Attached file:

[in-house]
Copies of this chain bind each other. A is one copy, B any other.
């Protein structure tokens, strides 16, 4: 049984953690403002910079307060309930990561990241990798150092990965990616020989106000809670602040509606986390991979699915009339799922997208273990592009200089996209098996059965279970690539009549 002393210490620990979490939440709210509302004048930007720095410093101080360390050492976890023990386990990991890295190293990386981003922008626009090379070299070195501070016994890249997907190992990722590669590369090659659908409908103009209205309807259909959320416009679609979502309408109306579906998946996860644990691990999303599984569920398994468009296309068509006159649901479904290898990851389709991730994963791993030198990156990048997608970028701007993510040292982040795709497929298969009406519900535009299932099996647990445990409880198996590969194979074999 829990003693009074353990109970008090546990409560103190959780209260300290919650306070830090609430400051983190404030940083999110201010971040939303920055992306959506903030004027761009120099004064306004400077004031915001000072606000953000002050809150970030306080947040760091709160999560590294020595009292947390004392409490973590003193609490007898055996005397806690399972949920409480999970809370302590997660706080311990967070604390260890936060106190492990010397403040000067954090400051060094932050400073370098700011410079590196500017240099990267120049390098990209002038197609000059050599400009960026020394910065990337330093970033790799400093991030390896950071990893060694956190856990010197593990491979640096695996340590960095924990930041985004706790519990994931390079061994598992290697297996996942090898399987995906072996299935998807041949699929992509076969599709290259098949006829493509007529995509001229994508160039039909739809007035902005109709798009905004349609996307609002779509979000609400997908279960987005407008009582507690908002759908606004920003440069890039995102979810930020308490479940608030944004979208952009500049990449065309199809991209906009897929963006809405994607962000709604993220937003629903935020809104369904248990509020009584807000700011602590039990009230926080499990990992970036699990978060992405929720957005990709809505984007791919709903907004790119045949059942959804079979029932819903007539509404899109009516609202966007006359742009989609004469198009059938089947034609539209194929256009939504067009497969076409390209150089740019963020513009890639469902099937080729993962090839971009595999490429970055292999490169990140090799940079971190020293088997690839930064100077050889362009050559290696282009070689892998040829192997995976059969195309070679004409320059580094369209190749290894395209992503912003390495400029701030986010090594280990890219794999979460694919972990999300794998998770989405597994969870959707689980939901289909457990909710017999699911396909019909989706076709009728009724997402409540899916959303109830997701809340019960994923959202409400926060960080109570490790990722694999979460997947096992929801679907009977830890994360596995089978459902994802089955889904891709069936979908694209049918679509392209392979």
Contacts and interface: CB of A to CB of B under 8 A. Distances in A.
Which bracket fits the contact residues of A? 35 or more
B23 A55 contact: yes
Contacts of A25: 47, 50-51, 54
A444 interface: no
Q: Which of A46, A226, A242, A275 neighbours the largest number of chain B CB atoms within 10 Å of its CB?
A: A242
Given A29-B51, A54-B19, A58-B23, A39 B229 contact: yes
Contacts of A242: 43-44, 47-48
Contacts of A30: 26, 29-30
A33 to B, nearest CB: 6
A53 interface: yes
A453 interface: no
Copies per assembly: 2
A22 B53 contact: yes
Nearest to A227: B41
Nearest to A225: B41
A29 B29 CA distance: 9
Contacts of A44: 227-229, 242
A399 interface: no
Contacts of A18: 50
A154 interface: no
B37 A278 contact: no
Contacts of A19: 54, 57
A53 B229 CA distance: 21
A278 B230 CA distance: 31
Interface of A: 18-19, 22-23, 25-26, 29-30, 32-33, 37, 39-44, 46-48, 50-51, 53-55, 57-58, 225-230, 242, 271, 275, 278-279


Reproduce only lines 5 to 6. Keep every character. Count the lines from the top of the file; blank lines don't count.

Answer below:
Which bracket fits the contact residues of A? 35 or more
B23 A55 contact: yes